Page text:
Foul Play at Elm Tree Park: Case 3

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Product Details

$8.99  $8.36
Graphic Universe (Tm)
Publish Date
7.7 X 9.5 X 0.2 inches | 0.3 pounds

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About the Author

Trisha Speed Shaskan has written more than forty books for children, including the picture book Punk Skunks, illustrated by her husband Stephen Shaskan. Trisha lives in Minneapolis with her husband, cat, and dog.
Stephen Shaskan is the author and illustrator of The Three Triceratops Tuff and A Dog Is a Dog. A graduate of the Rhode Island School of Design, he has created artwork for advertising agencies and poster designs for local bands, theater companies/productions, and area events. Stephen has also worked in early childhood education and has taught children's art classes through the Minnesota Museum of American Art, St. Paul Academy, and the public schools in Minneapolis, Minnesota, where he lives with his wife. Visit him at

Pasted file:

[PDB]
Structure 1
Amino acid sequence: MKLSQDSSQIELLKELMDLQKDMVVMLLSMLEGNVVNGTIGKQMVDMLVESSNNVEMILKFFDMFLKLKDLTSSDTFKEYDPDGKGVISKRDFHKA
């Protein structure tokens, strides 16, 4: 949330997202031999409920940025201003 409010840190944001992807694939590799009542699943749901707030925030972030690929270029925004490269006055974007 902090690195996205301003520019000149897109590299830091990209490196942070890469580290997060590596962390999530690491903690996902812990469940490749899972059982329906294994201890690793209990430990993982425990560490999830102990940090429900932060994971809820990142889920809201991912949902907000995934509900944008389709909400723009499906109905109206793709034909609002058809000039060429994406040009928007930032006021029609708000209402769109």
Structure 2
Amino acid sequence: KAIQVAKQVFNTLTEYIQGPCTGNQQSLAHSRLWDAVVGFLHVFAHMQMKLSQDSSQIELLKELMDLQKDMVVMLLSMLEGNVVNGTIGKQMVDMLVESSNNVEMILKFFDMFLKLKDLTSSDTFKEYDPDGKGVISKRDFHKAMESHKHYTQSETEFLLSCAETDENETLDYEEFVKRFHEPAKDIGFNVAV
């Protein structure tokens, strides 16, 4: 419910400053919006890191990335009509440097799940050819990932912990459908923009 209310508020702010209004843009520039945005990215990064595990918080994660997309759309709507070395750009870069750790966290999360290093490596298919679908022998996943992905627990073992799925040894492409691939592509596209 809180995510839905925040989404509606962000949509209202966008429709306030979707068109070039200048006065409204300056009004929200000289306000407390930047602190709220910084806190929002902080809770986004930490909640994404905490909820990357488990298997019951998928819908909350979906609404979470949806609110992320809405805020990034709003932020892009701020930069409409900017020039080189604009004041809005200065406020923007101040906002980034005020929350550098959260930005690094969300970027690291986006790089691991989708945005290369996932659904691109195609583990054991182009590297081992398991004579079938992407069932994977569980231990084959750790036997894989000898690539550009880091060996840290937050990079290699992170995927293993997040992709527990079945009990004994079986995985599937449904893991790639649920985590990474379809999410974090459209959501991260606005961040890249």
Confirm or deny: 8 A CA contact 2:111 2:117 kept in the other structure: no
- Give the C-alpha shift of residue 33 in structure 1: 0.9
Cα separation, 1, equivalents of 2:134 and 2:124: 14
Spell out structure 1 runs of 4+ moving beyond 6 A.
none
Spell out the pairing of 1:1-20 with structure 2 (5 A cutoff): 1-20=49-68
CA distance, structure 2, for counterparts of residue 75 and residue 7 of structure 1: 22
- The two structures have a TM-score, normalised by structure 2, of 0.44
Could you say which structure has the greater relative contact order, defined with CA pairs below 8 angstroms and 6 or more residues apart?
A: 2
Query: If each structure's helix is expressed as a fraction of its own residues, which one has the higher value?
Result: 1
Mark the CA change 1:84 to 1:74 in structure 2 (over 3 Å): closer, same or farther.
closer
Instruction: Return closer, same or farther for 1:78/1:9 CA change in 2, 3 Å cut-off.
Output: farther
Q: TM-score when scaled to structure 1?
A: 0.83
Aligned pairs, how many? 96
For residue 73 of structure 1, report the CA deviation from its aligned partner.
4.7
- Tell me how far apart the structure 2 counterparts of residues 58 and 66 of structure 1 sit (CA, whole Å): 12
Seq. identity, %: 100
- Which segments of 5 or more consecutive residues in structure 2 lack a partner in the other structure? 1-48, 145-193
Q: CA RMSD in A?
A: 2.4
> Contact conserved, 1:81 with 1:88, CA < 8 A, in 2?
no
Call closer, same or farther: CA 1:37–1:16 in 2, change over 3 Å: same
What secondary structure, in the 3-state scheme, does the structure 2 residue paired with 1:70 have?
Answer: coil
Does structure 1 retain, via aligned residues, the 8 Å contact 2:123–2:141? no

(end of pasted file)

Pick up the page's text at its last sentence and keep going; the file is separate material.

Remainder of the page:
"A hedgehog and rat solve a gentle whodunit. Quillan, a tawny-hued hedgehog who goes by Q, and Ray, a chocolate-colored rat, return for their third graphic-novel mystery. Inspired by famous women ballplayers, Q has joined the Loons baseball team and is anticipating a fun season practicing catching. Ray, however, is more interested in indoor pursuits, sharing his recent reading about forgery and fakes. This information comes in handy as the pair soon discovers that a valuable signed baseball has been stolen and a forgery left in its place. Stephen Shaskan's panels are large and bright, focusing on the prominently displayed characters alongside uniformly stylized and easy-to-read speech bubbles. As they are constructed with blocky outlines and solid colors lacking detail, readers may find it difficult to discern exactly which mammals they are intended to depict. Although a stand-alone mystery, this new case does not rehash necessary details explained in earlier installments, which may be perplexing to series newcomers. Those familiar with the series, on the other hand, may notice that this volume follows an almost identical investigational path as its predecessor, reinforcing mystery conventions for young readers but perhaps causing more-seasoned ones to feel it is stale. This affable mystery is probably best for younger readers looking for more of a challenge than leveled readers provide. Not perfect but a pleasant-enough caper that bridges a gap between leveled readers and chapter books."--Kirkus Reviews